class Query2ContextAttention(keras.layers.Layer): def __init__(self, **kwargs): super(Query2ContextAttention, self).__init__(**kwargs) def build(self, input_shape): super(Query2ContextAttention, self).build(input_shape) def call(self, inputs): mat,context = inputs attention = keras.layers.Softmax()(K.max(mat, axis=-1)) prot = K.expand_dims(K.sum(K.dot(attention,context),-2),1) final = K.tile(prot, [1,K.shape(mat),1]) return final def compute_output_shape(self,input_shape): mat_shape, cont_shape = input_shape return K.concatenate([mat_shape[:-1],cont_shape[-1:]]) def get_config(self): config = super().get_config() return config
class MegaMerge(keras.layers.Layer): def __init__(self, **kwargs): super(MegaMerge, self).__init__(**kwargs) def build(self, input_shape): super(MegaMerge, self).build(input_shape) def call(self, inputs): context, C2Q, Q2C = inputs CC2Q = context*C2Q CQ2C = context*Q2C final = K.concatenate([context, C2Q, CC2Q, CQ2C], axis=-1) return final def compute_output_shape(self, input_shape): C_shape,_,_ = input_shape return K.concatenate([C_shape[:-1], 4*C_shape[-1:]]) def get_config(self): config = super().get_config() return config
class HighwayLSTMs(keras.layers.Layer): def __init__(self, dims, **kwargs): self.dims = dims super(HighwayLSTMs, self).__init__(**kwargs) def build(self, input_shape): self.LSTM = keras.layers.Bidirectional(keras.layers.LSTM(self.dims, return_sequences=True)) super(HighwayLSTMs, self).build(input_shape) def call(self, inputs): h = self.LSTM(inputs) flat_inp = keras.layers.Flatten()(inputs) trans_prob = keras.layers.Dense(1, activation='softmax')(flat_inp) trans_prob = K.tile(trans_prob, [1,2*self.dims]) trans_prob = keras.layers.RepeatVector(K.shape(inputs)[-2])(trans_prob) out = h + trans_prob*inputs return out def compute_output_shape(self, input_shape): return input_shape def get_config(self): config = super().get_config() return config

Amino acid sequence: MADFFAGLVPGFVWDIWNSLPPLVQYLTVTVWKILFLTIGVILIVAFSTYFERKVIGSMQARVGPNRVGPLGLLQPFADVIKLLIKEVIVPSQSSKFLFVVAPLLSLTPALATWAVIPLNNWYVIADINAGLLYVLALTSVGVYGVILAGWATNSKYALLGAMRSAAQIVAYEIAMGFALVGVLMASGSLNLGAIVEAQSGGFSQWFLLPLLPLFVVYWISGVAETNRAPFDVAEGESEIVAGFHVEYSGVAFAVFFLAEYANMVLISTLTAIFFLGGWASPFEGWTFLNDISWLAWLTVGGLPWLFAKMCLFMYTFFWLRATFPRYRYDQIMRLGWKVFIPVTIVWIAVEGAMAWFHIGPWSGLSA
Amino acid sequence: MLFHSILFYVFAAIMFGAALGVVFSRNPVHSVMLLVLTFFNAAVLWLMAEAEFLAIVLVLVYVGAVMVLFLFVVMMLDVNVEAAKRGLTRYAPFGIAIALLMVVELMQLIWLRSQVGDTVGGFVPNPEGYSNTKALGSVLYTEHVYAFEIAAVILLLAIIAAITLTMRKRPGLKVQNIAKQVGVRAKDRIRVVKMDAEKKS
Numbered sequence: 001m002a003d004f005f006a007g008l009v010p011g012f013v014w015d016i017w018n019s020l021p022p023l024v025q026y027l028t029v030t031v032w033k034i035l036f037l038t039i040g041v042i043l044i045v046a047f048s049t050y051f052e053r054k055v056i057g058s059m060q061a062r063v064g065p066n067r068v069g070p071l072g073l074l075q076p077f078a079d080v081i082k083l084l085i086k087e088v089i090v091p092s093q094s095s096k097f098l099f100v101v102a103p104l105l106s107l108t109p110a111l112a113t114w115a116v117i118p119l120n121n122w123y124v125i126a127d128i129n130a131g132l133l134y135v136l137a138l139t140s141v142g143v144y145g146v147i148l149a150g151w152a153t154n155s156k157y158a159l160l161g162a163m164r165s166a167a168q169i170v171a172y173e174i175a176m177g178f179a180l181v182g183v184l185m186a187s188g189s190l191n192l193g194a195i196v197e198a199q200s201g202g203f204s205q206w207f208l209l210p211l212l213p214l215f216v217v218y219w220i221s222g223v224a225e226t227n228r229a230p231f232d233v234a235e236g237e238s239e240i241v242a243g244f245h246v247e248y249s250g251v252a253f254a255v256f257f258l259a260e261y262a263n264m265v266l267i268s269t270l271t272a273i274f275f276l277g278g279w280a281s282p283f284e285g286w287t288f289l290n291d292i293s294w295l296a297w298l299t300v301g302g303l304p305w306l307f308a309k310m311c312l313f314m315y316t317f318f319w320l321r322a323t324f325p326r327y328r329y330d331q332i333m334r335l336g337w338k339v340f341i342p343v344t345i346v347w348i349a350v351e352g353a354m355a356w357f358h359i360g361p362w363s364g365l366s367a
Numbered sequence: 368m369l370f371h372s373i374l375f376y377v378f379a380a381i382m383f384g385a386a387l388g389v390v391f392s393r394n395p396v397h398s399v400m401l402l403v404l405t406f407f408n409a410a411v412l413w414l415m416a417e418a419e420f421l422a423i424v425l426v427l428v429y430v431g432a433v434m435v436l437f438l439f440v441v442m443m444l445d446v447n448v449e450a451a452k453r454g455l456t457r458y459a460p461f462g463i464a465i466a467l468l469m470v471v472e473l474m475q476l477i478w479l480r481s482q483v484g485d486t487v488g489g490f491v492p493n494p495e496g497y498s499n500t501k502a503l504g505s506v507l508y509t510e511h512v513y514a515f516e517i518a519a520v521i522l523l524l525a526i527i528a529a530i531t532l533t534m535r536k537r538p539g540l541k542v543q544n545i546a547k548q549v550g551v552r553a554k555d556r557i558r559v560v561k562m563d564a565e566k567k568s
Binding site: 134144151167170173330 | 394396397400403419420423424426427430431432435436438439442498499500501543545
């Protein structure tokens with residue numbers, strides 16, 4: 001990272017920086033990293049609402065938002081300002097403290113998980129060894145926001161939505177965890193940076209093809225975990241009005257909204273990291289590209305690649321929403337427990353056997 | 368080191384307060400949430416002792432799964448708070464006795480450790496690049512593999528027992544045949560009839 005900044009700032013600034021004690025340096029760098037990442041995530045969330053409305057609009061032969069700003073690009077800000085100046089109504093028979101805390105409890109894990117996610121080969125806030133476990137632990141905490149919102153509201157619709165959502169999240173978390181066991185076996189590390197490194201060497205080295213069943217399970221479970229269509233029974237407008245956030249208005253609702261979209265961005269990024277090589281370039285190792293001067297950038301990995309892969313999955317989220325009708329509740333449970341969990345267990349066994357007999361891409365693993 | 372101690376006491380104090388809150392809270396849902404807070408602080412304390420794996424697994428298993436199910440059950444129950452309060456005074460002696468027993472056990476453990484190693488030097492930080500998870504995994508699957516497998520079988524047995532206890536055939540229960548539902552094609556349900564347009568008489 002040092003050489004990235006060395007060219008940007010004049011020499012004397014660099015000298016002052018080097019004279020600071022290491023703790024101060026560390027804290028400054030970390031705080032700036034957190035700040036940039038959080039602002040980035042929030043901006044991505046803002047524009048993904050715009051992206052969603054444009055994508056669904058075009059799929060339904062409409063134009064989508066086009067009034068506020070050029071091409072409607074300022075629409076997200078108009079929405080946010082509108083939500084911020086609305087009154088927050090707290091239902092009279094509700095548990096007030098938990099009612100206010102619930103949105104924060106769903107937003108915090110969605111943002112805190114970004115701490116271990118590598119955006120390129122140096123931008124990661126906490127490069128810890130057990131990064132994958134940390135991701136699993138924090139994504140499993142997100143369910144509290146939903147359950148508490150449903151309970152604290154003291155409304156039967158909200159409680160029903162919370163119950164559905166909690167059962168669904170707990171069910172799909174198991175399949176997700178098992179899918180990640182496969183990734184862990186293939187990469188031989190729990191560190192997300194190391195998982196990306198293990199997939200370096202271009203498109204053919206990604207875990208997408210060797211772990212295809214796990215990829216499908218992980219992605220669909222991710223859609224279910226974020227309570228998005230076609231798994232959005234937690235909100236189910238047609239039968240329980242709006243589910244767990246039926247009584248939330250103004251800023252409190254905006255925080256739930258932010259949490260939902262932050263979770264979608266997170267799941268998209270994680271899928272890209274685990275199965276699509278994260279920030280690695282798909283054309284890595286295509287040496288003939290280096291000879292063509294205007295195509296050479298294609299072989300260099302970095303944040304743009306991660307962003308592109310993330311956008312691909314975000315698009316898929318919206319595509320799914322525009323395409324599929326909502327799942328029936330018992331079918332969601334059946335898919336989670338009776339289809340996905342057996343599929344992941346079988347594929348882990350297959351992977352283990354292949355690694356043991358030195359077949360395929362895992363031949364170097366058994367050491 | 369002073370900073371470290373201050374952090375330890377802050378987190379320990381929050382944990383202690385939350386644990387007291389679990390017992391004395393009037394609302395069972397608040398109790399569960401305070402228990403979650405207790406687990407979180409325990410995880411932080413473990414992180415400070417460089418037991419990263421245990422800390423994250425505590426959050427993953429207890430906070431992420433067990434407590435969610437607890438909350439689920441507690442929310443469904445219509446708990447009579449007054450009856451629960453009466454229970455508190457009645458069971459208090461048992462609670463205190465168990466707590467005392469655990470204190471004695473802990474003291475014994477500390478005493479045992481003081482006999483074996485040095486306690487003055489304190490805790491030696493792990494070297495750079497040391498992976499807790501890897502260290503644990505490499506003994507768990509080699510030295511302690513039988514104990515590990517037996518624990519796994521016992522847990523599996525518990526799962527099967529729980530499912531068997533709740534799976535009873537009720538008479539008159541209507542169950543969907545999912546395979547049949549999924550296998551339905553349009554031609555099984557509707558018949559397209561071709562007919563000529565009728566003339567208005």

The only thing that remains now is to apply these snippets into one’s use case. I hope I did not bore you (definitely not, if you are reading this line).
We have now discussed the technical aspects and implementation of various sections of a BiDAF model. Now, let us wade through an example of how this attention mechanism comes up with the answers for a particular question.
In the image shown above, the blocks given are the attention matrix visualisation of two questions. Each column of the matrix denotes the context words in the paragraph, while each row represents the words in the question vector. The bolder the block, the more its attention weights are. In the block 1, it is clearly visible that for the word “Where” in the question, more weights are given to the words, “at, the, stadium, Levi, in, Santa, Ana”. Even it can focus on the question mark, ‘?’, which attends more on the “initiatives” word. From the results perspective, BiDAF was tested against SQUAD, CNN/DailyMail datasets, and the results were outstanding as follows:
If you wish to read more about the topics, there is nothing better than the research papers themselves.